2018 “Science Hour” Presentation Calendar

Dates and topics include:

Artificial Reefs
  • January 11, Escambia County Artificial Reef Program: Past, Present and Future, Robert Turpin – Robert Turpin will discuss the history of Escambia County’s artificial reef program, recent developments, and future projects.
  • February 8, Project Oyster Pensacola: a Mission to Improve Local Water Quality, Barbara Albrecht and Don McMahon – The humble oyster has many roles in our environment including filtering and recycling area waters, nutrient regulators, creating habitat, denitrification, shoreline stabilization, and are architects of reefs which support many different and important species. Learn about this exciting project and how you can participate in the future of the local oyster.
  • March 8, Seagrasses, Chris Verlinde – Join Santa Rosa County Sea Grant Agent, Chris Verlinde, to learn about local estuarine systems and the seagrass habitats within those systems. Chris will discuss the importance and benefits of these natural areas to the community and the Pensacola Bay system.
  • April 12, Pollinators and Integrated Pest Management, Beth Bolles, UF IFAS Extension – Honeybees are one of the most well-known pollinators, but landscapes are alive with many other insects that offer important pollinating services. Learn the common pollinators found in a diverse plant community and how to protect habitats to conserve many native pollinators.
  • May 10, Backyard Wildlife/Butterflies, Carrie Stevenson, UF IFAS Extension-With more than 1,200 animal species, Florida ranks third in the nation in wildlife diversity. Interested in seeing some of this wildlife up close, in your own backyard? Join us as we discuss the top 10 ways to attract beneficial native wildlife (including birds and butterflies) to your home.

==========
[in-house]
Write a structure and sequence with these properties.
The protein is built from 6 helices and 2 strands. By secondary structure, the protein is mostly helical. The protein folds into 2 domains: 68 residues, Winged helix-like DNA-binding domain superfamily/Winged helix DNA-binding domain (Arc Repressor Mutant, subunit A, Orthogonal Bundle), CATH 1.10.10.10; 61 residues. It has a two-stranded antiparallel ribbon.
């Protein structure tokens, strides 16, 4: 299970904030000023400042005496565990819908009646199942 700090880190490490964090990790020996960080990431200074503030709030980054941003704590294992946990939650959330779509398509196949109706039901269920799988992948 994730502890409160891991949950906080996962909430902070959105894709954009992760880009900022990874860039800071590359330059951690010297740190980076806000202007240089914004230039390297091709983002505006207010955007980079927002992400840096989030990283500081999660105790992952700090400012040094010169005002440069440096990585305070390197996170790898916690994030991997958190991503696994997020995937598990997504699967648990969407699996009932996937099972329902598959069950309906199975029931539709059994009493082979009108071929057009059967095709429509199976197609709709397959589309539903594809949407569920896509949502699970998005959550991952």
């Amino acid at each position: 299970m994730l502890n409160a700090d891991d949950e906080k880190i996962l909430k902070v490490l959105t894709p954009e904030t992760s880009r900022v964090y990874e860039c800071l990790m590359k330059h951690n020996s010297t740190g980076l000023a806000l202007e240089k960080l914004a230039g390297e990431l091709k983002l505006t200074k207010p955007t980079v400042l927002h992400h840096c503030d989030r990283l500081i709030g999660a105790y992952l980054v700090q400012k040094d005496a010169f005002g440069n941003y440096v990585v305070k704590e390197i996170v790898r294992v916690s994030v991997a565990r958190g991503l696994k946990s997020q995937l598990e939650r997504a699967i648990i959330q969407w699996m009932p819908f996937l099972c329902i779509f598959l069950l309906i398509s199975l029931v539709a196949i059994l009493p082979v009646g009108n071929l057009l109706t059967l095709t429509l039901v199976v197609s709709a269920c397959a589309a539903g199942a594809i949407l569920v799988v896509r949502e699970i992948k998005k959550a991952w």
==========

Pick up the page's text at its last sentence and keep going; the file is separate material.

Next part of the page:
• June 14, Hurricane-resistant Landscaping, Carrie Stevenson, UF IFAS Extension – Hurricane season starts June 1, and trees are often residents’ biggest concern when it comes to property damage. How do you know the difference between a tree that will likely survive a hurricane and one that won’t? This session of Science Hour will look at what history and research have shown us about proper landscaping and hurricane preparation in Florida.
  • July 12, RESTORE Update, Matt Posner, Escambia County – It has been eight years since the Deepwater Horizon Oil Spill. A $20 billion settlement was reached, but where has the money gone? Join us as we discuss restoration efforts completed, underway, or planned for Escambia County and the Gulf Coast in the wake of the Deepwater Horizon Oil Spill.
  • August 9, Solar Energy for Homes, Shaun Gunter, Gulf Power Company – Many Florida homeowners are investing in solar power, but it still feels relatively new and unknown. What does investing in solar involve? How does it work, and how much does it cost? Join us for a discussion of the latest in solar and alternative energy technology.

    Eastern Diamondback Rattlesnake.
    Photo: Nick Baldwin
  • September 13, Snakes, Rick O’Connor, UF IFAS Extension – Snakes; most people either love them or hate them. While many people don’t like snakes, they do appreciate the role they serve in our community. Calls to our office often include inquiries such as “how do you know if they are venomous?” and “how can I keep them off of my porch and out of my garage?” This presentation will discuss the role snakes play in our environment and will tackle those frequently asked snake questions.
  • October 11, Reporting Invasive and Endangered Species, Rick O’Connor & Don Buchanan (FWC) – Many county residents encounter wildlife that they feel needs to be reported. In some cases, these are encounters with unusual animals, such as panthers. In others instances, they are nuisance wildlife, such as coyotes or bears. Others still are invasive species, such as lionfish or Cuban tree frogs. In this presentation, FWC and Florida Sea Grant will provide information on how to correctly identify selected species and how to properly report encounters.
  • November 8, Bayou Chico Managed Aquatic Plant System & Beyond (Dana Morton/Brent Wipf, Escambia County) – Escambia County is working on a new project funded through the U.S. EPA Gulf of Mexico Program to reduce nutrient loading in Bayou Chico. The same project has the potential to enhance wildlife habitats and protect critically eroding shorelines throughout the Pensacola and Perdido Bay Systems. Join us to learn how this innovative project intends to accomplish both goals.

Posted: January 2, 2018

Category: Natural Resources
Tags: Science Hour, Science Lectures, Science Presentations

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